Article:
A few weeks back I was taking the rifle for a little walk. I had no real intention of shooting anything but was just doing some scouting around. I was meandering along the tree line looking down onto some rough open ground and then the edge of a replanting that is about 10 years old. For the most part I was interested to see where the deer were moving in and out of the tree line but some movement caught my eye on the open ground below me and when I got the binos up there were two wee sika spikers having a bit of a scrap. I'd no intention of shooting them but decided to watch the show and they scrapped away in front of me for some time. I'd noticed a grey patch among the heather beyond them which I thought was a hind browsing with her head down but it didn't move and I decided it was just a bit of old wood.
After a while I moved around a little bit to keep the fighting spikers in view, though to be honest they were more sparring than fighting for real, and on doing this I studied the grey patch again. After some further consideration I concluded that it was just possible that the twigs sticking up above the heather by the grey patch were antlers and this seemed to warrant further investigation, so I watched some more and sure enough the twigs would move about. After a little while I decided that there was a stag behind the heather and the grey patch formed some part of its hind quarters.
As I watched the owner of the twigs started moving his head about quite a lot and eventually he lifted it so the antlers were in full view. As he was an 8 point sika, if a small one, I put the rifle on the sticks in case there was the chance of a shot. The stag put his head on his flank, closed the one eye I could see, and went to sleep.
The positive side to this behaviour was that it gave me some time to consider if I could extract from this rather remote and difficult spot, and to consider the distance to the stag, and to consider that if he ran into the replanting there was no chance of a recovery. I concluded that a neck shot was the only option and that I needed him to stand up.
The stag, clearly, had reached other conclusions relating to his need for 8 hours a night and while it wasn't exactly night time he seemed keen to get as many hours as he could right then and there. For a while, mostly while I was doing the considering detailed above, this was all well and good but, truth be told, after some considerable time it started to wear a bit thin. Not only was the whole sleeping thing wearing thin but in due course I started to get cold plus the ground was rough and my position uncomfortable and it became clear that if I got the shakes from the tricky position or the shivers from the cold I was never going to pull off a neck shot.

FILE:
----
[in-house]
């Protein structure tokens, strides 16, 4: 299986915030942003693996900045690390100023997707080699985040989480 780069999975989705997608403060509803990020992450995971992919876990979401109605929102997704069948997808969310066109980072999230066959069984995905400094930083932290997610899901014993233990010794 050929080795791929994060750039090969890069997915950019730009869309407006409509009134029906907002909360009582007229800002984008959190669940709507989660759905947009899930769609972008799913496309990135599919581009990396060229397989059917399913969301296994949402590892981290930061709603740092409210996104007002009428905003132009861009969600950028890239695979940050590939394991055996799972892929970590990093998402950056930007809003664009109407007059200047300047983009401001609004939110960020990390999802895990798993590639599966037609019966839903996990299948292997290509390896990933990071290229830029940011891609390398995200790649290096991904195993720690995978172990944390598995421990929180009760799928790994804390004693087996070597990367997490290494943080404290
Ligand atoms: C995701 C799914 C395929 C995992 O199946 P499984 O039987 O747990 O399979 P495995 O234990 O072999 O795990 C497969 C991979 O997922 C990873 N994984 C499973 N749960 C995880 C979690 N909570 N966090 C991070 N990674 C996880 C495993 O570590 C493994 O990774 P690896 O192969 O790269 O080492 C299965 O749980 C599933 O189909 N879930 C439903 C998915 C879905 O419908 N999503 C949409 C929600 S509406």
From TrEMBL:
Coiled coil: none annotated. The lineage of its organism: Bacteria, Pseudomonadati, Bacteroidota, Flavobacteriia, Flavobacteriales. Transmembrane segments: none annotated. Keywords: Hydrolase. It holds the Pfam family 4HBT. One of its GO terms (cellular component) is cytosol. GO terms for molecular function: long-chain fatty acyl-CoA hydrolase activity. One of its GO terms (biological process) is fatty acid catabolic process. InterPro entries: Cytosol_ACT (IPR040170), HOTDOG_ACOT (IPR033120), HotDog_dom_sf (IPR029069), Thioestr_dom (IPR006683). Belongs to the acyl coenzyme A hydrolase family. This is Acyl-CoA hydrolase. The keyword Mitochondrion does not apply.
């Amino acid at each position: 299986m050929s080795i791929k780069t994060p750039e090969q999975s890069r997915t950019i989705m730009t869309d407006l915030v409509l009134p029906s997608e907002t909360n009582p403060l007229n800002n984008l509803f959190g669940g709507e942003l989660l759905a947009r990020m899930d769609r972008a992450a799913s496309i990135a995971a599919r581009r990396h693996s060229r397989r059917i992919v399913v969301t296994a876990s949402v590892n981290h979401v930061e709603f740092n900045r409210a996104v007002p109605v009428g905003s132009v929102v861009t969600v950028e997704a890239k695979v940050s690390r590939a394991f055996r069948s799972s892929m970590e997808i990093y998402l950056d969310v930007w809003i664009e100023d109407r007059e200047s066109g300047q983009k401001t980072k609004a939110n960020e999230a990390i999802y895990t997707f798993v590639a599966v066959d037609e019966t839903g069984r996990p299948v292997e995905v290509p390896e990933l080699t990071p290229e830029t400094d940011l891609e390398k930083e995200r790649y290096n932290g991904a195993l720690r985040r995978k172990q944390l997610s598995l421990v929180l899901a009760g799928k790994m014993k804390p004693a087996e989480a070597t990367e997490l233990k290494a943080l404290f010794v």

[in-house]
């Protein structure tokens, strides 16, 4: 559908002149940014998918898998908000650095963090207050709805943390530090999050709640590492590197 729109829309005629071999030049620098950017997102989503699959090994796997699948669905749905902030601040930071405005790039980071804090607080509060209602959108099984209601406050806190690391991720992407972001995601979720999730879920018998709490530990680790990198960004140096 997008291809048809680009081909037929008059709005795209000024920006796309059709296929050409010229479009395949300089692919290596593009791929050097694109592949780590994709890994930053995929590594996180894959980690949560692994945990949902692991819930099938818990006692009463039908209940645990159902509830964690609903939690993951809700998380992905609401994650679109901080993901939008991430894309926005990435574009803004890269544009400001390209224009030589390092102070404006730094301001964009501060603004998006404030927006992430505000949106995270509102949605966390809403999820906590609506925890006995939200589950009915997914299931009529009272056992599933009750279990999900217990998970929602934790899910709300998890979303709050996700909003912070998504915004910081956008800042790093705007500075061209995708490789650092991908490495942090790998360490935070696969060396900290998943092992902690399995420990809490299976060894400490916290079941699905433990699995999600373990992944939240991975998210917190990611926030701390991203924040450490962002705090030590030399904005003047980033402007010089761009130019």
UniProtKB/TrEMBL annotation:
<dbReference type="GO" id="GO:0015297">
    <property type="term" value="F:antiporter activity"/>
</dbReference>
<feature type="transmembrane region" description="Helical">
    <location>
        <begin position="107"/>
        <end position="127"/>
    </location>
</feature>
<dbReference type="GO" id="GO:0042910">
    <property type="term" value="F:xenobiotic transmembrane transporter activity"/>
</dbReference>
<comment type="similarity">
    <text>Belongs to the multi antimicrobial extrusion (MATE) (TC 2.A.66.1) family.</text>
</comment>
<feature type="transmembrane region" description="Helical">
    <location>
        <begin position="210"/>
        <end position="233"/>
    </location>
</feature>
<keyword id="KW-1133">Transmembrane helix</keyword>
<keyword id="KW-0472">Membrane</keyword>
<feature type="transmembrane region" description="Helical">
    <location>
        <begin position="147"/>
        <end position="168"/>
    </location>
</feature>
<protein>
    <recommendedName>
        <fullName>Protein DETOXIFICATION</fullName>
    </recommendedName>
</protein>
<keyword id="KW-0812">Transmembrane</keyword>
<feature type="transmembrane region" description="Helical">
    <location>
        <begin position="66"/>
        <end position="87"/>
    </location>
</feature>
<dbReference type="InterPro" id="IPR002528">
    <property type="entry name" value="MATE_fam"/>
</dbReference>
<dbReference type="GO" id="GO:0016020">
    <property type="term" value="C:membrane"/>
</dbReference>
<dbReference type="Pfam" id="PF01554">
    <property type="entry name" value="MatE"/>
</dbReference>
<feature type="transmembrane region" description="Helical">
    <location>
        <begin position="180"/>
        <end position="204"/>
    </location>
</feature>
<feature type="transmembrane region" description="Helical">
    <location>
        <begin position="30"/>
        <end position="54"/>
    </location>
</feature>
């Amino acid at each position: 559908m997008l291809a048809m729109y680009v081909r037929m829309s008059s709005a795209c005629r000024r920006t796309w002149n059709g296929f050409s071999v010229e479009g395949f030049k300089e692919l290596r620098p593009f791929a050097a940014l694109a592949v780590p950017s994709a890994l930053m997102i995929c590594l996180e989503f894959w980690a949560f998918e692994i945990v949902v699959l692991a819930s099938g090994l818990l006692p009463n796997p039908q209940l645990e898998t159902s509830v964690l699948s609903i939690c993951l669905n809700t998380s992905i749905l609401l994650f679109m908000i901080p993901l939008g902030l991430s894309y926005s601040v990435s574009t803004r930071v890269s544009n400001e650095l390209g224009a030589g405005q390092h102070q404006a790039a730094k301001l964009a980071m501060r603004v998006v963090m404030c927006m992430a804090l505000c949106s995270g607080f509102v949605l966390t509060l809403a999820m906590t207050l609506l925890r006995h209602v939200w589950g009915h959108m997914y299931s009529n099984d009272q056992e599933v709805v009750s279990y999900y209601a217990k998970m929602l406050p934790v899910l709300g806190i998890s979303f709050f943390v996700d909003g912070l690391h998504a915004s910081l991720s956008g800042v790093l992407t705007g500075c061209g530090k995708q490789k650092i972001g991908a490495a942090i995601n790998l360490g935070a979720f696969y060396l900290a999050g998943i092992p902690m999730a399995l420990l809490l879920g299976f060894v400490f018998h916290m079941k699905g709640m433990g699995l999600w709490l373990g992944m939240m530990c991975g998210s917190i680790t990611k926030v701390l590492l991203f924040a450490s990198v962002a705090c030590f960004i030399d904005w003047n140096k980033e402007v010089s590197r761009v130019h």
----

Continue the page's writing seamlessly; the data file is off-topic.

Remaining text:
Based on the fact that I was approaching a "now or never" point in our relationship I thought to see if I could attract his attention in a manner that might cause him to stand up to take a good look at me. It will come as no shock to you to discover that my attempts were a failure. I tried a few whistles and even a few shouts but sleeping beauty was well on his way to his 8 hours and he wasn't quitting for no shouting and whistling.
At this point I launched my secret weapon - a sika call. I gave a good blow on this at an ear splitting level and up came the head and looked straight at me. However, he still seemed too lazy to stand up and when I say the head came up what I mean is that the antlers, ears and eyes appeared above the heather. Clearly my cammo was working as he elected to get his head down and catch another nap. On the positive side of the equation I could still see his hind quarters so I always had the option of shooting him in the tail, unconventional perhaps but an option none the less.
What also became clear was that my stag friend wasn't going to slowly stand up, present a neck shot and go down like a sack of coal. Once my harassment got too much for him he was going to spring from his bed and vanish into the replanting in less time than it takes to drop my sika call and get my eye to the scope. This left the head shot. Was I going to shoot an 8 point sika in the head? Of course I was.
And so it came to pass that the little 8 point sika heard my sika call, popped his eyes above the heather for one last time and found himself getting rather more rest than the 8 hours he seemed to be aiming for.
The extraction was a true nightmare and thanks must go to Jonny who pitched in on my side and helped me out in about 100 ways.
Now, of course, the question on all your lips is "did he destroy the head?" and the honest answer is that I blew it to kingdom come and back but a bloke I know stuck it together and I think it makes a wonderful trophy as the glue and the hole between the eyes will always remind me of a sleepy sika stag, a reluctant head shot and a nightmare extraction.
As an extra bonus the butcher recovered the bullet from the neck. It was a Nosler Partition and to be honest I would have expected an exit but I was above the stag by quite a bit to the angle was down and I don't know how far down the neck the bullet was, or if it had broken any bones in the neck. Either way I think the photos demonstrate ideal Partition performance with good expansion, the front core blown off and the rear intact.
The head, now it's stuck together:
Some views of the recovered bullet: